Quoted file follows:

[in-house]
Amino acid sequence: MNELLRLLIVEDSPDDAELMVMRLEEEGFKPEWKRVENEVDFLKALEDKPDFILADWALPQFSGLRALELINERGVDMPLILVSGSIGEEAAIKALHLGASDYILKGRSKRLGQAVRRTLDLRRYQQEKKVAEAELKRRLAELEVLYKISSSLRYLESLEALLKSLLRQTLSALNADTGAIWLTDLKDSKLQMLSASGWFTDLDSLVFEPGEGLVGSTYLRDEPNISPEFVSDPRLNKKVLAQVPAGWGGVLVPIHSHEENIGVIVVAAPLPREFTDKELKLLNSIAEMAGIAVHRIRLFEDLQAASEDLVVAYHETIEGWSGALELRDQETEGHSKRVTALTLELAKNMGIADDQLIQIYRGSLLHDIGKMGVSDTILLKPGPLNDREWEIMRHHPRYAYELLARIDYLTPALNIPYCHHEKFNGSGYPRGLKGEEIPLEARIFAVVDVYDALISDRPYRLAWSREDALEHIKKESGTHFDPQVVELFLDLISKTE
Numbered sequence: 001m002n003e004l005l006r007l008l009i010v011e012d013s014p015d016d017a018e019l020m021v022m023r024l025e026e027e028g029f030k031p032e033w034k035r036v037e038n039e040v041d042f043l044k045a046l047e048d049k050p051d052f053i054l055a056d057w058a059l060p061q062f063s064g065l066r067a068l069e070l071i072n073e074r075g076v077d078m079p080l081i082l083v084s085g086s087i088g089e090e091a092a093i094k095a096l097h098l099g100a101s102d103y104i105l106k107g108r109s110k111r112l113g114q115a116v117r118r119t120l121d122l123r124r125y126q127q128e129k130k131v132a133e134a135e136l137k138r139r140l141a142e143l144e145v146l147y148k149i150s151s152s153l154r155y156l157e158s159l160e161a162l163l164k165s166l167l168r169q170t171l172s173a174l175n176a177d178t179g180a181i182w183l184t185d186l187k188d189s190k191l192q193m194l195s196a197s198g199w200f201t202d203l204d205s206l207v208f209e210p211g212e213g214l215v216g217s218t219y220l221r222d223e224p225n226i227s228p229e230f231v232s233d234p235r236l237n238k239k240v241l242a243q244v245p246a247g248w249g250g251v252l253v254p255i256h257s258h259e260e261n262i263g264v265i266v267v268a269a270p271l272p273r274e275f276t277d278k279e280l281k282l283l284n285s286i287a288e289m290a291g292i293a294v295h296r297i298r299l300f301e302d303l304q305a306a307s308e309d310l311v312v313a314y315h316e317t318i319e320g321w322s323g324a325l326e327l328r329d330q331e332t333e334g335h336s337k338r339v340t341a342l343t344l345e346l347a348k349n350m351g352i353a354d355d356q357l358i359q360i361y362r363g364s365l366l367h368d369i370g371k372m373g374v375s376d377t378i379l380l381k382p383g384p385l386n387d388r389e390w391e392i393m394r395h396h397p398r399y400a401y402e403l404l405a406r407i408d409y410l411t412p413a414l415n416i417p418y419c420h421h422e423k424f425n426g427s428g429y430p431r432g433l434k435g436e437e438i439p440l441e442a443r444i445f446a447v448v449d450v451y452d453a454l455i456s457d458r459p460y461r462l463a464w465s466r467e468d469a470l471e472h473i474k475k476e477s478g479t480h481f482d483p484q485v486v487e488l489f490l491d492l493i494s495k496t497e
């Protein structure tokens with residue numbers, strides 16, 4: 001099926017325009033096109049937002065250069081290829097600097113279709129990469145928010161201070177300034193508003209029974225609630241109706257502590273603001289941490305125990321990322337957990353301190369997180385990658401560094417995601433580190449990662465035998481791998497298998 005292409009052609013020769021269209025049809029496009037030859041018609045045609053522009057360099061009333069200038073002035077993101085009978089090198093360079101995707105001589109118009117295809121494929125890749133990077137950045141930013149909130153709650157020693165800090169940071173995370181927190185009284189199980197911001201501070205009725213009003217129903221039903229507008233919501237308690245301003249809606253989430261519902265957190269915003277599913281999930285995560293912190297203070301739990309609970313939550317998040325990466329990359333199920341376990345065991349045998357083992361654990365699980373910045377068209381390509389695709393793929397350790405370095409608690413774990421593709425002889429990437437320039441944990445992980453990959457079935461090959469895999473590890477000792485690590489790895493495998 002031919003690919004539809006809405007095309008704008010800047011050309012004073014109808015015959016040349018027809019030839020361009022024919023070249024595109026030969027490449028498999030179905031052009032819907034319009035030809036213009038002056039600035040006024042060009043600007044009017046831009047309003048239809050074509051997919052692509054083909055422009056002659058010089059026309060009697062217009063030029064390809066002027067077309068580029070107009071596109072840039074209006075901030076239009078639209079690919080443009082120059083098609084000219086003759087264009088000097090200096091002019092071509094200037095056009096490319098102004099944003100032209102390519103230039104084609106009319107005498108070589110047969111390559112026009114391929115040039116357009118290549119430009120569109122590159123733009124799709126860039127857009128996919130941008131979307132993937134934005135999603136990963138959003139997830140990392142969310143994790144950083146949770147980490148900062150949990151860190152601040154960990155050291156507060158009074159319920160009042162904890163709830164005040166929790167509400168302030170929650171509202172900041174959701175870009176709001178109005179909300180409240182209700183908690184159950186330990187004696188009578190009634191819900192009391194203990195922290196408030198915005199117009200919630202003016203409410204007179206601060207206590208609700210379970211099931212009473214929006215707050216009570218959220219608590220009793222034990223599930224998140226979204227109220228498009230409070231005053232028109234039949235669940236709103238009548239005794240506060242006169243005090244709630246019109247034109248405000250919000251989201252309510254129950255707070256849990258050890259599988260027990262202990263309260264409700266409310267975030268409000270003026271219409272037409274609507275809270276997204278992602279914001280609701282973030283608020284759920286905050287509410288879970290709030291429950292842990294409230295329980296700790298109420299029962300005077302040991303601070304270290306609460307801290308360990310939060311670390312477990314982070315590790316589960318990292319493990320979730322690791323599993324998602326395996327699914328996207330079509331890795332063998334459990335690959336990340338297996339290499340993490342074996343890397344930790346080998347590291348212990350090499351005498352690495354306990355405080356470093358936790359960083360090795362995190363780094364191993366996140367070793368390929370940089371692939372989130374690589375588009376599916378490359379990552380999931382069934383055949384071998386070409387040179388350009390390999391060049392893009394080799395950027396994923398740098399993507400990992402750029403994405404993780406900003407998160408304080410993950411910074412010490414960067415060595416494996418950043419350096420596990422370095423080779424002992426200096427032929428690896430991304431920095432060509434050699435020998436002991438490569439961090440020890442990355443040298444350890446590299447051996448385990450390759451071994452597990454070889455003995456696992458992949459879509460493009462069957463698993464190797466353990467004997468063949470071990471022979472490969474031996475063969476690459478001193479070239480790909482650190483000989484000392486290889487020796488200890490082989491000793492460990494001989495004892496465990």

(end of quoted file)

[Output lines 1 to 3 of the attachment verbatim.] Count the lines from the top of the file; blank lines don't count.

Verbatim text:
[in-house]
Amino acid sequence: MNELLRLLIVEDSPDDAELMVMRLEEEGFKPEWKRVENEVDFLKALEDKPDFILADWALPQFSGLRALELINERGVDMPLILVSGSIGEEAAIKALHLGASDYILKGRSKRLGQAVRRTLDLRRYQQEKKVAEAELKRRLAELEVLYKISSSLRYLESLEALLKSLLRQTLSALNADTGAIWLTDLKDSKLQMLSASGWFTDLDSLVFEPGEGLVGSTYLRDEPNISPEFVSDPRLNKKVLAQVPAGWGGVLVPIHSHEENIGVIVVAAPLPREFTDKELKLLNSIAEMAGIAVHRIRLFEDLQAASEDLVVAYHETIEGWSGALELRDQETEGHSKRVTALTLELAKNMGIADDQLIQIYRGSLLHDIGKMGVSDTILLKPGPLNDREWEIMRHHPRYAYELLARIDYLTPALNIPYCHHEKFNGSGYPRGLKGEEIPLEARIFAVVDVYDALISDRPYRLAWSREDALEHIKKESGTHFDPQVVELFLDLISKTE
Numbered sequence: 001m002n003e004l005l006r007l008l009i010v011e012d013s014p015d016d017a018e019l020m021v022m023r024l025e026e027e028g029f030k031p032e033w034k035r036v037e038n039e040v041d042f043l044k045a046l047e048d049k050p051d052f053i054l055a056d057w058a059l060p061q062f063s064g065l066r067a068l069e070l071i072n073e074r075g076v077d078m079p080l081i082l083v084s085g086s087i088g089e090e091a092a093i094k095a096l097h098l099g100a101s102d103y104i105l106k107g108r109s110k111r112l113g114q115a116v117r118r119t120l121d122l123r124r125y126q127q128e129k130k131v132a133e134a135e136l137k138r139r140l141a142e143l144e145v146l147y148k149i150s151s152s153l154r155y156l157e158s159l160e161a162l163l164k165s166l167l168r169q170t171l172s173a174l175n176a177d178t179g180a181i182w183l184t185d186l187k188d189s190k191l192q193m194l195s196a197s198g199w200f201t202d203l204d205s206l207v208f209e210p211g212e213g214l215v216g217s218t219y220l221r222d223e224p225n226i227s228p229e230f231v232s233d234p235r236l237n238k239k240v241l242a243q244v245p246a247g248w249g250g251v252l253v254p255i256h257s258h259e260e261n262i263g264v265i266v267v268a269a270p271l272p273r274e275f276t277d278k279e280l281k282l283l284n285s286i287a288e289m290a291g292i293a294v295h296r297i298r299l300f301e302d303l304q305a306a307s308e309d310l311v312v313a314y315h316e317t318i319e320g321w322s323g324a325l326e327l328r329d330q331e332t333e334g335h336s337k338r339v340t341a342l343t344l345e346l347a348k349n350m351g352i353a354d355d356q357l358i359q360i361y362r363g364s365l366l367h368d369i370g371k372m373g374v375s376d377t378i379l380l381k382p383g384p385l386n387d388r389e390w391e392i393m394r395h396h397p398r399y400a401y402e403l404l405a406r407i408d409y410l411t412p413a414l415n416i417p418y419c420h421h422e423k424f425n426g427s428g429y430p431r432g433l434k435g436e437e438i439p440l441e442a443r444i445f446a447v448v449d450v451y452d453a454l455i456s457d458r459p460y461r462l463a464w465s466r467e468d469a470l471e472h473i474k475k476e477s478g479t480h481f482d483p484q485v486v487e488l489f490l491d492l493i494s495k496t497e